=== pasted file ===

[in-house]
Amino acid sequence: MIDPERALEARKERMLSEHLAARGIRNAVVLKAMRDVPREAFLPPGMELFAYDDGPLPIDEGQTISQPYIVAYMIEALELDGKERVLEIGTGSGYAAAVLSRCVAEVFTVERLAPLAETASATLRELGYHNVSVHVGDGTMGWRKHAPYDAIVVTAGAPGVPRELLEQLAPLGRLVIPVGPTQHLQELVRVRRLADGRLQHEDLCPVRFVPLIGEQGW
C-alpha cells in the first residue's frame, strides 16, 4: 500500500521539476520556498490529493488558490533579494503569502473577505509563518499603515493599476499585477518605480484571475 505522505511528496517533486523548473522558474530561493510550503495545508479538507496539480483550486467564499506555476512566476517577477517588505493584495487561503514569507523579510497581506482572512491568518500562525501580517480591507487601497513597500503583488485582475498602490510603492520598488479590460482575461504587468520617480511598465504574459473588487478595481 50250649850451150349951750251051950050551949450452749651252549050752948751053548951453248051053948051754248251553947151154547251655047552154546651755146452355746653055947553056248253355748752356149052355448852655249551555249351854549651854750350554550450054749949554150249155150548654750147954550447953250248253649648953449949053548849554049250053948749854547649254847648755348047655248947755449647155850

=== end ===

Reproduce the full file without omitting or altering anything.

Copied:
[in-house]
Amino acid sequence: MIDPERALEARKERMLSEHLAARGIRNAVVLKAMRDVPREAFLPPGMELFAYDDGPLPIDEGQTISQPYIVAYMIEALELDGKERVLEIGTGSGYAAAVLSRCVAEVFTVERLAPLAETASATLRELGYHNVSVHVGDGTMGWRKHAPYDAIVVTAGAPGVPRELLEQLAPLGRLVIPVGPTQHLQELVRVRRLADGRLQHEDLCPVRFVPLIGEQGW
C-alpha cells in the first residue's frame, strides 16, 4: 500500500521539476520556498490529493488558490533579494503569502473577505509563518499603515493599476499585477518605480484571475 505522505511528496517533486523548473522558474530561493510550503495545508479538507496539480483550486467564499506555476512566476517577477517588505493584495487561503514569507523579510497581506482572512491568518500562525501580517480591507487601497513597500503583488485582475498602490510603492520598488479590460482575461504587468520617480511598465504574459473588487478595481 50250649850451150349951750251051950050551949450452749651252549050752948751053548951453248051053948051754248251553947151154547251655047552154546651755146452355746653055947553056248253355748752356149052355448852655249551555249351854549651854750350554550450054749949554150249155150548654750147954550447953250248253649648953449949053548849554049250053948749854547649254847648755348047655248947755449647155850